The University of Arizona College of Engineering opened the Peter and Nancy Salter Medical Device Design Lab this semester. The lab houses a unique combination of equipment rarely seen in a teaching lab setting.
The Department of Biomedical Engineering is the lead for the new space. Associate professor Urs Utzinger and assistant professor Philipp Gutruf developed the space and an associated course for students majoring in biomedical engineering and other engineering fields that enables the students to design and create medical devices.
“There is no other space like this anywhere on campus,” Gutruf said. “Students have access to equipment only found in top research labs of electrical engineering, mechanical engineering, chemical engineering and the biosciences -- and it’s all in one space.”
The facility features research-grade equipment that students are using to design and construct medical devices which require the interplay of many disciplines. Think epifluidic devices -- soft patches that attach to the body to capture and analyze sweat for clues about how the body is functioning -- or wireless sensors that record minute changes in posture, heartbeat irregularities and the oxygenation of your blood. Students can fabricate their own printed circuit boards, build custom enclosures for wearable devices, perform sophisticated image analysis using specialized computers, and conduct chemistry and biology experiments. Equipment includes a laser cutter, a water jet, a 3D printer of various technologies and a full set of electrical analysis tools. Infrastructure such as a biosafety and chemistry hood allows students to handle research-grade cells and chemicals.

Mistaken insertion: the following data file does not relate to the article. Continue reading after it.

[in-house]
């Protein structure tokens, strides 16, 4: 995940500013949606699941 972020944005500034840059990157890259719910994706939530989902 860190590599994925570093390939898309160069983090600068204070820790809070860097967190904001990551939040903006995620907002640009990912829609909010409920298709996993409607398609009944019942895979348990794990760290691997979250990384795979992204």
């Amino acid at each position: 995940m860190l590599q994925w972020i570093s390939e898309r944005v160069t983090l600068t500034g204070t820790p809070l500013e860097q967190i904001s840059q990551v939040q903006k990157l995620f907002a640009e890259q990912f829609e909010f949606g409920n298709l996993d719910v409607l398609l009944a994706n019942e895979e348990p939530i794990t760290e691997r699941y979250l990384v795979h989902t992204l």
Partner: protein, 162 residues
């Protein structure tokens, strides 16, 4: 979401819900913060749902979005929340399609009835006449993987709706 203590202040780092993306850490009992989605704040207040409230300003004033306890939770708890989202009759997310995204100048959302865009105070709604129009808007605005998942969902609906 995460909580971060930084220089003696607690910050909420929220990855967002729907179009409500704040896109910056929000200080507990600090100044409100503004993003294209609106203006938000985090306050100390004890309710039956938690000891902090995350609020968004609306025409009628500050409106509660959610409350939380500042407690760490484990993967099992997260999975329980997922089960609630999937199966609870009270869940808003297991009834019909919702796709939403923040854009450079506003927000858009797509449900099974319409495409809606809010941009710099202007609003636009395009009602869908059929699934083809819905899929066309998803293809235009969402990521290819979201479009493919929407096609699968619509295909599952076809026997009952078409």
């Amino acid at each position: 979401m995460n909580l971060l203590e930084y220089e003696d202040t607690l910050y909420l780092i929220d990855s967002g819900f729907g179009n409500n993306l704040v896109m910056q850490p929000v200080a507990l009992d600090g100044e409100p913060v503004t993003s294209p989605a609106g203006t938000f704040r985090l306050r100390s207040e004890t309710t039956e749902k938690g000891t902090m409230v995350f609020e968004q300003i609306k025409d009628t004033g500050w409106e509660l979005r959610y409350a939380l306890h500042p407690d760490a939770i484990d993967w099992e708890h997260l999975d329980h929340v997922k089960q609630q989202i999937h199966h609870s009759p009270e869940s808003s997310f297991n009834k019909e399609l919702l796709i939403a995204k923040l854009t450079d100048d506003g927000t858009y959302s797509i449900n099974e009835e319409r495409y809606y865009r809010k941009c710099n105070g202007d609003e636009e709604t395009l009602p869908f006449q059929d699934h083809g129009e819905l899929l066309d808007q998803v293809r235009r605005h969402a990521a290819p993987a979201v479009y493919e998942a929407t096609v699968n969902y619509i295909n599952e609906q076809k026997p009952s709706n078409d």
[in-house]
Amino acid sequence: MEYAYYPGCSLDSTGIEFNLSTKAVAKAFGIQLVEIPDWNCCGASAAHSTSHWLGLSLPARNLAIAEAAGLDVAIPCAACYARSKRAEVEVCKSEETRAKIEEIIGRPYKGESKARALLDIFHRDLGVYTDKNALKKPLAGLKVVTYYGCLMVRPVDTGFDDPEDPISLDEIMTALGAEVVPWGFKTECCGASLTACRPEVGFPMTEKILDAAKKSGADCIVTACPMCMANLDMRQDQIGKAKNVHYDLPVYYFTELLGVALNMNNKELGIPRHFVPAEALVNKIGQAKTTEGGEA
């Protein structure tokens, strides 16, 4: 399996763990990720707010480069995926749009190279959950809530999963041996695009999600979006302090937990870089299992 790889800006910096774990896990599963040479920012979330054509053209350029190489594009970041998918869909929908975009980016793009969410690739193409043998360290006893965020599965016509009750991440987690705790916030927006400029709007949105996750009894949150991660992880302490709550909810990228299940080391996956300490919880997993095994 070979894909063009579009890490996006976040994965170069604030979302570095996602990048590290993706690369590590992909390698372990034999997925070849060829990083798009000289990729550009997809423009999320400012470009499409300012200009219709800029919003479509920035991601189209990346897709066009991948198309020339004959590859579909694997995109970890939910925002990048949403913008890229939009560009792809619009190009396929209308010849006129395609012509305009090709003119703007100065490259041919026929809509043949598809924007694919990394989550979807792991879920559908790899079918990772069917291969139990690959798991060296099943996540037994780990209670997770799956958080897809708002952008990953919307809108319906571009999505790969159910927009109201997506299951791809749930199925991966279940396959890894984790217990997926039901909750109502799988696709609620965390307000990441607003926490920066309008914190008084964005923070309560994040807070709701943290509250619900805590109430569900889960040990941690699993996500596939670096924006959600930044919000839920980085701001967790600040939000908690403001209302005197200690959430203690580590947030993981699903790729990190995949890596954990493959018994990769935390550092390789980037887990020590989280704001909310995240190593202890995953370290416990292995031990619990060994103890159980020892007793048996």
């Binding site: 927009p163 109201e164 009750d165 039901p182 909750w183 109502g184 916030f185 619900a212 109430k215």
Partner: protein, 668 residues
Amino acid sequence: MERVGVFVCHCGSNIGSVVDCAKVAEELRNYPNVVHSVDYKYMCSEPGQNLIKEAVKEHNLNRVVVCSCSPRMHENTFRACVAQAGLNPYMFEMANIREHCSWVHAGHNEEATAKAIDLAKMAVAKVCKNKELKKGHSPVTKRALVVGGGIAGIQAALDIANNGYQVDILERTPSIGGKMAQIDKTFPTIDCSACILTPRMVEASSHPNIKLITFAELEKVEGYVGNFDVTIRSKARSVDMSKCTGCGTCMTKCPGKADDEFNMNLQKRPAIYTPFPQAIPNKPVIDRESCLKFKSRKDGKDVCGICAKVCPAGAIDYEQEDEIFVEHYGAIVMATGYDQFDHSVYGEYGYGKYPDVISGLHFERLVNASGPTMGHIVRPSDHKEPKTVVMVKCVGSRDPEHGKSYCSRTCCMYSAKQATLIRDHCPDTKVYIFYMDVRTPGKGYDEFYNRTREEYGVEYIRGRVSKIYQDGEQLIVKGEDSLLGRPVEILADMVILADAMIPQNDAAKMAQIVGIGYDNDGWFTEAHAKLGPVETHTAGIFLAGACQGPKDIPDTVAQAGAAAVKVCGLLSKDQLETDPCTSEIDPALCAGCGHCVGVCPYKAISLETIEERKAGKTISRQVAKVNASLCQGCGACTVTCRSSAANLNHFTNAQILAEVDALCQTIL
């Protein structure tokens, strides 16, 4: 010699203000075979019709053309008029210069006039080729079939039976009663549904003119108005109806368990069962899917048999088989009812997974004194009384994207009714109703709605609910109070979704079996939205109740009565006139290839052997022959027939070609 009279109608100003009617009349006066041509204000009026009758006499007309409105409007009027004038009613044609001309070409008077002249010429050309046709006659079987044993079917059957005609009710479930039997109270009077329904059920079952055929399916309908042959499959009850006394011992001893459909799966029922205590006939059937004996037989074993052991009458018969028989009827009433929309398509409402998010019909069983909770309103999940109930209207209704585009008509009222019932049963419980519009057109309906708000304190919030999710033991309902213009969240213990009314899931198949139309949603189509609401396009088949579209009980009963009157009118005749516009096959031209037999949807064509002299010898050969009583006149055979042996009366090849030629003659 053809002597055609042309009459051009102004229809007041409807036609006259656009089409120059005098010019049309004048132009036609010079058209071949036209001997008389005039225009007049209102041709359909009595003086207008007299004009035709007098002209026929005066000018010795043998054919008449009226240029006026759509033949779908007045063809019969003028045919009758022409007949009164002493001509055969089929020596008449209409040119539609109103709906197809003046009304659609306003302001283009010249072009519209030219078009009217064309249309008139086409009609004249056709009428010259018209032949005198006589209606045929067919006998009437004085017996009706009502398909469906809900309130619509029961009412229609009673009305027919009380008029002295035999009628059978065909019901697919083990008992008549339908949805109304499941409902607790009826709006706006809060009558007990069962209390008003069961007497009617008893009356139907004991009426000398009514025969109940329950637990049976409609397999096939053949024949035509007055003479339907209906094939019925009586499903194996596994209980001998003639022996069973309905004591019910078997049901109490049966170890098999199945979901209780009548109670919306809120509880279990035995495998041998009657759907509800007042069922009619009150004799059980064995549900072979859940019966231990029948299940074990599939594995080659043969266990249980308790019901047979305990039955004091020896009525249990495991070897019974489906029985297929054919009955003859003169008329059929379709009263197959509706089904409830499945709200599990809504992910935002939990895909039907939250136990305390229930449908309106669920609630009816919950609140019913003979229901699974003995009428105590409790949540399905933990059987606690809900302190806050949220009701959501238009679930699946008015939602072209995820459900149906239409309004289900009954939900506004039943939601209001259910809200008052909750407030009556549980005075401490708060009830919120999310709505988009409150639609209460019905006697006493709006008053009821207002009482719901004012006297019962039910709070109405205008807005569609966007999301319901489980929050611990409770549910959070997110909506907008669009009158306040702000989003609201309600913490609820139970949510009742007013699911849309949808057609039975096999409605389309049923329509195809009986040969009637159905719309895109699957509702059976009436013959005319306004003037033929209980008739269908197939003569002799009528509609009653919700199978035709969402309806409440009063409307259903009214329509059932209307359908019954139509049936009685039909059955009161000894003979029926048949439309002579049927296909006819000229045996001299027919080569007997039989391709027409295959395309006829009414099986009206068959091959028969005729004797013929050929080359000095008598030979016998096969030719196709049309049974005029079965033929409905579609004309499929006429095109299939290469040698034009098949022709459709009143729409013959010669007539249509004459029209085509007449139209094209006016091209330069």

Construction of the space, and the development of the corresponding course, was made possible by a $1.5 million gift from University of Arizona alumnus Peter Salter, and his wife, Nancy Salter. It represents an integral part of the college’s Craig M. Berge Engineering Design Program, which immerses students in hands-on design projects throughout all four years of their undergraduate experience. Forming the medical device design course has created what will be the first of many four-year design sequences in the college.